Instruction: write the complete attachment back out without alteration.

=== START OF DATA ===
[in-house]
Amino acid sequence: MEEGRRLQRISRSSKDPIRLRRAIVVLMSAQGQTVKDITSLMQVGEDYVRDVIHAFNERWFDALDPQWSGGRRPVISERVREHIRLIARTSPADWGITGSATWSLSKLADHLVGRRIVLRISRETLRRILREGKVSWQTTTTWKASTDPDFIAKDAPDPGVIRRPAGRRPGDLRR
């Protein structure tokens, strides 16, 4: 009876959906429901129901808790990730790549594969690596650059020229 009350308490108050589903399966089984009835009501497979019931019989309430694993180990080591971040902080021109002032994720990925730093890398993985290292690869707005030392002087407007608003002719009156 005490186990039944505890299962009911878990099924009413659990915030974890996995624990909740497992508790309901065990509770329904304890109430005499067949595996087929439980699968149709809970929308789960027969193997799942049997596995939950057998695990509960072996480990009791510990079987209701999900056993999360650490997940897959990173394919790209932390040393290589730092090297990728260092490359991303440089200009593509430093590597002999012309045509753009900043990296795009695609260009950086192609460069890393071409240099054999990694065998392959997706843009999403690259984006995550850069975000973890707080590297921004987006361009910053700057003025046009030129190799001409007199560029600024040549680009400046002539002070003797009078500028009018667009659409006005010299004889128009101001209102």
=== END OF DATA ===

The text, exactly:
[in-house]
Amino acid sequence: MEEGRRLQRISRSSKDPIRLRRAIVVLMSAQGQTVKDITSLMQVGEDYVRDVIHAFNERWFDALDPQWSGGRRPVISERVREHIRLIARTSPADWGITGSATWSLSKLADHLVGRRIVLRISRETLRRILREGKVSWQTTTTWKASTDPDFIAKDAPDPGVIRRPAGRRPGDLRR
């Protein structure tokens, strides 16, 4: 009876959906429901129901808790990730790549594969690596650059020229 009350308490108050589903399966089984009835009501497979019931019989309430694993180990080591971040902080021109002032994720990925730093890398993985290292690869707005030392002087407007608003002719009156 005490186990039944505890299962009911878990099924009413659990915030974890996995624990909740497992508790309901065990509770329904304890109430005499067949595996087929439980699968149709809970929308789960027969193997799942049997596995939950057998695990509960072996480990009791510990079987209701999900056993999360650490997940897959990173394919790209932390040393290589730092090297990728260092490359991303440089200009593509430093590597002999012309045509753009900043990296795009695609260009950086192609460069890393071409240099054999990694065998392959997706843009999403690259984006995550850069975000973890707080590297921004987006361009910053700057003025046009030129190799001409007199560029600024040549680009400046002539002070003797009078500028009018667009659409006005010299004889128009101001209102």